Should I, as I continue reading the report, find additional information to shed clear light and offer evidence of Hillary’s transparency on issues at the center of the Tea Party Benghazi obsession, I will be certain to share them.
The bottom line, of course, is that Hillary followed the letter of the law and went beyond by providing the ARB report in two forms when that was not required. She is above reproach in this review process while the Tea Party Republicans show no respect for law or order in this case or in their current attempts to bring the country to its knees over a law (the Affordable Care Act) that, while not perfect, is helpful to many and thus good. Instead of tweaking the imperfections of the law and improving what we have (their job), they would prefer to drive us to insolvency for purely partisan reasons.
Their war against Hillary and their strategy of pulling the emergency brake on the whole country because of a law they do not like although the country re-elected the president who signed it are shameful and unconscionable.
Posted in Hillary Clinton, Hillary Rodham Clinton, Secretary of State, state department, U.S. Congress, Uncategorized, tagged Alan Grayson, ARB, Benghazi, Hillary Clinton, Hillary Rodham Clinton, John Kerry, New York Times, Secretary of State, State Department, Syria, Tea Party, U.S. Congress on September 8, 2013 | 6 Comments »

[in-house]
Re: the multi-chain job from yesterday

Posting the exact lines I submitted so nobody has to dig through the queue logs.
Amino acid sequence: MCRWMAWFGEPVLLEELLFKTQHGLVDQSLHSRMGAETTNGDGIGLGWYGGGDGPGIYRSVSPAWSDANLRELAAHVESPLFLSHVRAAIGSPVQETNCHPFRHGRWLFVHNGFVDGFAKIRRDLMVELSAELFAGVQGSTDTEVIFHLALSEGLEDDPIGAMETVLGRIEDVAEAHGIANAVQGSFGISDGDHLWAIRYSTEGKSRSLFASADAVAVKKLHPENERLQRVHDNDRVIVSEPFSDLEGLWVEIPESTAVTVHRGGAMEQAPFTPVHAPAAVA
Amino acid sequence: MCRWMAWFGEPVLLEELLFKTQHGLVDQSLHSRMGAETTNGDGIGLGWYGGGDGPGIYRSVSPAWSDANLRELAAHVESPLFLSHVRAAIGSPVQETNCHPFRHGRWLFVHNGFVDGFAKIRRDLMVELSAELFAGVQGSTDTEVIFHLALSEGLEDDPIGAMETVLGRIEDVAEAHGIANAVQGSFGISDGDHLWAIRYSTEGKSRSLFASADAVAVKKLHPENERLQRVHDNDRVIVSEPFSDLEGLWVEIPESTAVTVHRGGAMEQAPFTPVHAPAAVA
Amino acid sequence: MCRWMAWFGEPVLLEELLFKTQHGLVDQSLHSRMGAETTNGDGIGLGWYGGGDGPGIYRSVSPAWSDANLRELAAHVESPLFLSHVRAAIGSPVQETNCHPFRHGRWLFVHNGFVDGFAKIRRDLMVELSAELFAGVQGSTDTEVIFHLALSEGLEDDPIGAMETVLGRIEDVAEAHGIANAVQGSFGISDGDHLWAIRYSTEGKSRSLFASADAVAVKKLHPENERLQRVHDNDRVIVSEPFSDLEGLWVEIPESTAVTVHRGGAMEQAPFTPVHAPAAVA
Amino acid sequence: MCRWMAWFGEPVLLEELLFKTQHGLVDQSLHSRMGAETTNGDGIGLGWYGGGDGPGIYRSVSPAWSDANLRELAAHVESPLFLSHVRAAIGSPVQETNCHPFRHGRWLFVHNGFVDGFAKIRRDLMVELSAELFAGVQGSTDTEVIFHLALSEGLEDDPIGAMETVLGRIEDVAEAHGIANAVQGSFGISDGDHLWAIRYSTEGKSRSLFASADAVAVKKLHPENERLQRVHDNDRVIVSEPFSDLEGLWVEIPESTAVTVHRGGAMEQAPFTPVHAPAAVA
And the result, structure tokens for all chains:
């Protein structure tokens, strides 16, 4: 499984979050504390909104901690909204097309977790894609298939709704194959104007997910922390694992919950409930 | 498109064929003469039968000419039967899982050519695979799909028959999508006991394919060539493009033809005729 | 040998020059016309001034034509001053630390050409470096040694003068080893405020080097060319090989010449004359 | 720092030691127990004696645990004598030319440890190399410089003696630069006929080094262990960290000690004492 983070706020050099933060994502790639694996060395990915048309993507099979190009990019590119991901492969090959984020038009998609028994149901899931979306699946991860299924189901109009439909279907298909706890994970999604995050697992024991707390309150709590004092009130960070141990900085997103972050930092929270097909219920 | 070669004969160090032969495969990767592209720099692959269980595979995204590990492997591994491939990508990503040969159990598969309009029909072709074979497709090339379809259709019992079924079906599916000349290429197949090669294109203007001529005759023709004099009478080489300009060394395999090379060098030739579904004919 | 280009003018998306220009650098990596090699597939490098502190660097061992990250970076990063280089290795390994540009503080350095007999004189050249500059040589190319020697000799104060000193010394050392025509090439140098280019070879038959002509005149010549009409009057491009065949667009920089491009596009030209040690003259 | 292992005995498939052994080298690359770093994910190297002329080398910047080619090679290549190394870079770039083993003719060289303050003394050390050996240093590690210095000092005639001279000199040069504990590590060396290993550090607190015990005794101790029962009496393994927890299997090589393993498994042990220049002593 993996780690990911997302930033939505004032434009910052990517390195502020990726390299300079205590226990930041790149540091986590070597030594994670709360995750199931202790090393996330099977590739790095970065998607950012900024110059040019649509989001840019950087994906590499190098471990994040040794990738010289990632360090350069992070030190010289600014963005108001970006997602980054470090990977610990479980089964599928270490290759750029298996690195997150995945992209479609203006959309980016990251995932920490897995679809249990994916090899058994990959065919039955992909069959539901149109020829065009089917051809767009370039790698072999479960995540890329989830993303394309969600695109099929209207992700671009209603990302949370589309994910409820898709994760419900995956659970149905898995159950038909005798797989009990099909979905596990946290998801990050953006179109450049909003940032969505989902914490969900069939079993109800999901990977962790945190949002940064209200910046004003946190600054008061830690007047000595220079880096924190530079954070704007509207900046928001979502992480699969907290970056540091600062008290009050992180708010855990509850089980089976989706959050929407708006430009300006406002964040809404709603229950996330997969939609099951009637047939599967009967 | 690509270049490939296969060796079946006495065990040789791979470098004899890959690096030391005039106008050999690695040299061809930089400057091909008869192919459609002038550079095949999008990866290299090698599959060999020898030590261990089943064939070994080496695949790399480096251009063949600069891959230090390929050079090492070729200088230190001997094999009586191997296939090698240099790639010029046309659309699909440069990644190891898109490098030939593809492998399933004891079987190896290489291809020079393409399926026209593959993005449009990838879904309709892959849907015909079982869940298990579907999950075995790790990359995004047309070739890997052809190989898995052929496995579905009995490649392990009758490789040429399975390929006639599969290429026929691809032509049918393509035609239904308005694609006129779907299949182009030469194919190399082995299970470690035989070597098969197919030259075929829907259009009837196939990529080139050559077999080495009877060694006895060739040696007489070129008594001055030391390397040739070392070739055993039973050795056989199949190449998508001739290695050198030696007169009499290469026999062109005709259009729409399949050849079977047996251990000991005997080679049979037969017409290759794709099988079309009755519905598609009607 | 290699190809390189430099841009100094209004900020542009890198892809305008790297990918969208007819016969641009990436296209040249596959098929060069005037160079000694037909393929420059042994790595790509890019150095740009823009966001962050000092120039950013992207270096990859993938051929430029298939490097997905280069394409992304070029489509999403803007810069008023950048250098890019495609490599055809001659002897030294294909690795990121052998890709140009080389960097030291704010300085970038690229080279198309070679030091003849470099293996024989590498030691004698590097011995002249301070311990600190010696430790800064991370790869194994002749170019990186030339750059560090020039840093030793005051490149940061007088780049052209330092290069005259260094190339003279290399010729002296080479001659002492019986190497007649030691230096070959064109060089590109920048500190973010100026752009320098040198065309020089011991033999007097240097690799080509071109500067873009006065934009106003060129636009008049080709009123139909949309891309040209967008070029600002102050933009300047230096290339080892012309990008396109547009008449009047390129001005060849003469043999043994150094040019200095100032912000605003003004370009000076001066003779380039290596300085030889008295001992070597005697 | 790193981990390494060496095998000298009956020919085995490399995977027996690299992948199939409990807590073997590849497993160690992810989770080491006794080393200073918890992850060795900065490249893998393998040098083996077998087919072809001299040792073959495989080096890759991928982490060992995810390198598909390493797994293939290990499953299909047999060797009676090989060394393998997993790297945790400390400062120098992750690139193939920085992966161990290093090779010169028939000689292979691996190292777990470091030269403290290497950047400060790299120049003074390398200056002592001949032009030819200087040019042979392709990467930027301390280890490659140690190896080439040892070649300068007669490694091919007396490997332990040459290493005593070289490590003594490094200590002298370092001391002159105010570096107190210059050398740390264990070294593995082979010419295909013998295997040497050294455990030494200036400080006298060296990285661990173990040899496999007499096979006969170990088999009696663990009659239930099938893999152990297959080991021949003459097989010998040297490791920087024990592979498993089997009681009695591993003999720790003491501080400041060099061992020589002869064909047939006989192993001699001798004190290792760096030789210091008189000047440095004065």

When Hillary Clinton accepted the prestigious American Bar Association Medal last month, she spoke out on the Supreme Court decision that gutted the Voting Rights Act and announced a series of policy speeches the next of which she will deliver in Philadelphia this coming Tuesday upon acceptance of the Liberty Medal from Jeb Bush.
Tea Partiers, of course, are in meltdown mode over the coincidence of this presentation with the upcoming anniversary of the attack on the outpost in Benghazi which, in the interim, has come to be known to have been a CIA operation (thanks to Jason Chaffetz’s public announcement on live TV).
The policy speeches Mme. Secretary has announced are to address transparency and national security. In an op-ed, published in yesterday’s New York Times, Representative Alan Grayson also addressed these issues as they relate to the classified information available to members of Congress regarding the proposed attacks on Syria that President Obama has referred to Congress for approval.